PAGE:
Which is better for stopping you getting heart disease: increasing your fitness or controlling your weight?

Researchers in America have been looking at this question. The work was based on 3,000 subjects assessed over 27 years for fatness and fitness. As expected, this showed that having increased fatness or decreased fitness contributed to high
blood pressure, raised blood fat levels and the precursors of diabetes.

The researchers looked to see if someone could counter the harmful effects from an increase in their body fat by getting fitter. Unfortunately not. They showed that increasing your fitness level helps, but it doesn’t fully overcome the adverse effect of putting on fat.

What about the other way around? Would losing fat make up for a lower level of fitness? Again they showed it helped but did not entirely make up for it.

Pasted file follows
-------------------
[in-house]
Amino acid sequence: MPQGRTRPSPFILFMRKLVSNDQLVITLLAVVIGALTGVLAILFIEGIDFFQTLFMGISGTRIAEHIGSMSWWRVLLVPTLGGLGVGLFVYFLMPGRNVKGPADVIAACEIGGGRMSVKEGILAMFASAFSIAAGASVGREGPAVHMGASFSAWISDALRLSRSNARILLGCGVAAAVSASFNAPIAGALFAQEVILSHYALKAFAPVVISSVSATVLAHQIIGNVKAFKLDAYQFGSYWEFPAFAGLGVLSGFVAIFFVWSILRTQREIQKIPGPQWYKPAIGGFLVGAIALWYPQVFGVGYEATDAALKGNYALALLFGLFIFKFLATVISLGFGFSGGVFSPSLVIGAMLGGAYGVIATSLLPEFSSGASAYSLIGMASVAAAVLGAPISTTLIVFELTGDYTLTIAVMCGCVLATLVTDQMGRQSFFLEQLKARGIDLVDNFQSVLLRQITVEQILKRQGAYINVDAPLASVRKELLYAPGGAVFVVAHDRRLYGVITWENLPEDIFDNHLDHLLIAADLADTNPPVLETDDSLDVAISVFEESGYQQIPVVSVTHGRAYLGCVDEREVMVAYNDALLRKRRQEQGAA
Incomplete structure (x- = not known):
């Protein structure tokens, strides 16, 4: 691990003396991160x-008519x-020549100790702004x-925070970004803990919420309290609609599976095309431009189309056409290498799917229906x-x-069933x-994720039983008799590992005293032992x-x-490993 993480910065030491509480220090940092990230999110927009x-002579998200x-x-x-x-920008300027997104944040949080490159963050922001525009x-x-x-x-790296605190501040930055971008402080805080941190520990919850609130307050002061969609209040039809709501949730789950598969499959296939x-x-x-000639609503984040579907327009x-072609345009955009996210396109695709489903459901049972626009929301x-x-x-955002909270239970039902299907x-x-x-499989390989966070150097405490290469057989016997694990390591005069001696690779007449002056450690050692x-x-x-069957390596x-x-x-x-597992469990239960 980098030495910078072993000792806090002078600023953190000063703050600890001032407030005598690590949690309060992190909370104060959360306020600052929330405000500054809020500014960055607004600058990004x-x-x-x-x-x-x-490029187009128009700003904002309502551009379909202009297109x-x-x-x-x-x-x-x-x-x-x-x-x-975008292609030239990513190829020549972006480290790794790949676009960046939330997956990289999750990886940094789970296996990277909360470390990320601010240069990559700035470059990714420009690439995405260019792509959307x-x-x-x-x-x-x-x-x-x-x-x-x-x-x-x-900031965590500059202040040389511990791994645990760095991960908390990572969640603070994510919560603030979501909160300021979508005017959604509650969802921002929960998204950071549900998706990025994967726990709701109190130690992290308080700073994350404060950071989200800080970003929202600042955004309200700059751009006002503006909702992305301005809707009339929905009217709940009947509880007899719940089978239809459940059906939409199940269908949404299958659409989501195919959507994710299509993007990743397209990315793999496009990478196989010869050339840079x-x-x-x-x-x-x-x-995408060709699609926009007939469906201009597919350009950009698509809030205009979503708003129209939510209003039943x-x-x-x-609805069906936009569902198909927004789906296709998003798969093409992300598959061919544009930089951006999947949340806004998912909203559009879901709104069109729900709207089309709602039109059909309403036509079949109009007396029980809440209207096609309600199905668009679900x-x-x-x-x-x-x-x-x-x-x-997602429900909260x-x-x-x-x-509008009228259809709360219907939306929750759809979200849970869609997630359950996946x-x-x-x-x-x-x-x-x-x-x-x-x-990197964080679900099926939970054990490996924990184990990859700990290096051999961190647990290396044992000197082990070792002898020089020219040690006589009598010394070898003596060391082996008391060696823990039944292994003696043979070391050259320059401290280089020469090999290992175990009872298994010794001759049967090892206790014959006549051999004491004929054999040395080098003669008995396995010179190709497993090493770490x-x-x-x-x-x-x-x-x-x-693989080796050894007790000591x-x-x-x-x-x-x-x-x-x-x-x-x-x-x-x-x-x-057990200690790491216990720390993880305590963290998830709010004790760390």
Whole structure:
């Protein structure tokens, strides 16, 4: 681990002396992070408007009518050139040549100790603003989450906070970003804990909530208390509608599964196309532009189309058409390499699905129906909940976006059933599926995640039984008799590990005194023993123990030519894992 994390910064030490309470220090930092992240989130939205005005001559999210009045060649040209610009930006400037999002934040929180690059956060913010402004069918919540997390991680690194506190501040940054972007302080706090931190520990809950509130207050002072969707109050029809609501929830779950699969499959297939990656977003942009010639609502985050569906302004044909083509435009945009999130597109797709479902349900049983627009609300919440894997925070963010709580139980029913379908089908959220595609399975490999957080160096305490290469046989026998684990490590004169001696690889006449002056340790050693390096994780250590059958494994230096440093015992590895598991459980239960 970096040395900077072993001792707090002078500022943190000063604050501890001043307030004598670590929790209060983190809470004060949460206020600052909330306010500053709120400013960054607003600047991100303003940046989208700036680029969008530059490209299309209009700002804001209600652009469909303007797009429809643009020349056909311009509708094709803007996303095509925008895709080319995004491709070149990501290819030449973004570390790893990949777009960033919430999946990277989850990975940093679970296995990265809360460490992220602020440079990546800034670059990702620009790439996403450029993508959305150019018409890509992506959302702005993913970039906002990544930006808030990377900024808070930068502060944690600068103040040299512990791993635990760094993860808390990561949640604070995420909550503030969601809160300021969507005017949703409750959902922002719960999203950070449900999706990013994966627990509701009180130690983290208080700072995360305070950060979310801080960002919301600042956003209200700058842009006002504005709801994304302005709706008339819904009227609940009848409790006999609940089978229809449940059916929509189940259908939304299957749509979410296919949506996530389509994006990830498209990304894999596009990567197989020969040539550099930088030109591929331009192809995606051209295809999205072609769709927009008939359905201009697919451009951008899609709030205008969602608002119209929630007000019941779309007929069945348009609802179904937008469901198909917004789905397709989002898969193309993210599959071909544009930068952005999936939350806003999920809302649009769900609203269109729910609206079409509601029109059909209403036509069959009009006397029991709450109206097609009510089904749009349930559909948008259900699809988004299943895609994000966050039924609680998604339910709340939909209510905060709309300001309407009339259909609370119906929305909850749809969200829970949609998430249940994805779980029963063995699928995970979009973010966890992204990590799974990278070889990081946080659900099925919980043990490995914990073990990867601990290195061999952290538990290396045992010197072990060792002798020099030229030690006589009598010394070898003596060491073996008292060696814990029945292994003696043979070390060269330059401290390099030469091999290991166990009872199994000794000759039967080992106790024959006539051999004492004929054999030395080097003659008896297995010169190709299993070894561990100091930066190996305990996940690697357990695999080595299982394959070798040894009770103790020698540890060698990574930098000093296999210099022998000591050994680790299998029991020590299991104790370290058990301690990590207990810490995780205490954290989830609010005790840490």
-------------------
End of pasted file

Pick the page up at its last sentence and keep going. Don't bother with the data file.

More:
It looks as if there is no easy way out. To give yourself the best chance of avoiding heart disease, you need both to control your level of body fat and to maintain your level of fitness.

Although this study looked specifically at the importance of these measures for heart disease prevention, the findings should also be applicable to diabetes, blood vessel disease, high blood pressure and, quite probably, cancer prevention.

Link to the fatness vs fitness study


Professor Brian Kirby, author of How to Live to 110: Your comprehensive guide to a healthy life


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